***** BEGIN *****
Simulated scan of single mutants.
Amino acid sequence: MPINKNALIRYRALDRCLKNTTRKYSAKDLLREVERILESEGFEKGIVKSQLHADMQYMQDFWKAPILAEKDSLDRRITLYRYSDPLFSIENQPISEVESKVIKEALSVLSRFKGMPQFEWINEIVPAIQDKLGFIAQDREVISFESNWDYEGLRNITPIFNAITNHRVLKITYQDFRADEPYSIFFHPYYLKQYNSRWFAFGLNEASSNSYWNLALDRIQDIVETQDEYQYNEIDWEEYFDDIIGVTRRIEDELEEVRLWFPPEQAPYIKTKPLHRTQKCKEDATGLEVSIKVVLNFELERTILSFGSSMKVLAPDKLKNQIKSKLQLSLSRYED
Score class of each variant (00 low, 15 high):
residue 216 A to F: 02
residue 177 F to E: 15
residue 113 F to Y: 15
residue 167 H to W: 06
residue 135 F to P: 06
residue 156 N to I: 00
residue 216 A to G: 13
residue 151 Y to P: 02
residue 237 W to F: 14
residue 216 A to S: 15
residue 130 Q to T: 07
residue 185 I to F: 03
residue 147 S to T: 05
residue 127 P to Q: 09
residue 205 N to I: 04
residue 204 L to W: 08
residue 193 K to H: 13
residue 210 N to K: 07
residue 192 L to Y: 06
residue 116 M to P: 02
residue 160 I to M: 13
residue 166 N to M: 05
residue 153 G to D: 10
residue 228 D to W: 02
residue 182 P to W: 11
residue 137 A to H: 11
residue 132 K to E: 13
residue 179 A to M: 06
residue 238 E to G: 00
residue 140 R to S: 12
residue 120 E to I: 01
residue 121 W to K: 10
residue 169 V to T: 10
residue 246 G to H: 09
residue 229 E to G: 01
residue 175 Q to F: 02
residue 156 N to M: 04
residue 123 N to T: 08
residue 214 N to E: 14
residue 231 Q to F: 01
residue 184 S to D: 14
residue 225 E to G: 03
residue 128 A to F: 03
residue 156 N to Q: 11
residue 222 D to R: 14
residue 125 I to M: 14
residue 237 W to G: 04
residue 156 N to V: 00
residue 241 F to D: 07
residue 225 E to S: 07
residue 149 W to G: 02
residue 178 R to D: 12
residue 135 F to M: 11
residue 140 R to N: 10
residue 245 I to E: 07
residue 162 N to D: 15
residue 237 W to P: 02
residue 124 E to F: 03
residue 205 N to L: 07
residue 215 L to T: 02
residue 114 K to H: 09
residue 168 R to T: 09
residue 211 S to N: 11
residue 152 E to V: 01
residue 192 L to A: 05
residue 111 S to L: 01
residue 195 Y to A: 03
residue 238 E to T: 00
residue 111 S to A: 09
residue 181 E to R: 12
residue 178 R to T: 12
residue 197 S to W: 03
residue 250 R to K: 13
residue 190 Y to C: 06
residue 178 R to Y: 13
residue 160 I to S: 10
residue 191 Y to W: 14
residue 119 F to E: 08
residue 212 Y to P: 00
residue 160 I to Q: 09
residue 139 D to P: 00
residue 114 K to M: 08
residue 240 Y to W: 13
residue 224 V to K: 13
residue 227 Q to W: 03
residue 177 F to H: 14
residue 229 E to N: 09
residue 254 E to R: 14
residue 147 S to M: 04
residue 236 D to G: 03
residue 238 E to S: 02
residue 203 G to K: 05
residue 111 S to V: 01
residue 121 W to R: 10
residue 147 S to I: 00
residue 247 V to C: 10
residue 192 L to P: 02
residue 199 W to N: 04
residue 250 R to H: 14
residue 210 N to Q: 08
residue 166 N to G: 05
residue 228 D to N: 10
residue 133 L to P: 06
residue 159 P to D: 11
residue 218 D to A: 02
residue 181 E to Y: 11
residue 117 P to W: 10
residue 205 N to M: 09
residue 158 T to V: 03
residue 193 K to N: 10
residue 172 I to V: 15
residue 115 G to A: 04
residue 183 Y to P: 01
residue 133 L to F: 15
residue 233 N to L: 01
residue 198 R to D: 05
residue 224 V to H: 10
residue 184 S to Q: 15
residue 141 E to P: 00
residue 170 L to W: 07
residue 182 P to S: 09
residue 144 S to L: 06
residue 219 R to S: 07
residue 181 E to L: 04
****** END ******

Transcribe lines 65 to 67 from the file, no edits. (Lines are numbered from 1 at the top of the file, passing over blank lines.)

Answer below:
residue 168 R to T: 09
residue 211 S to N: 11
residue 152 E to V: 01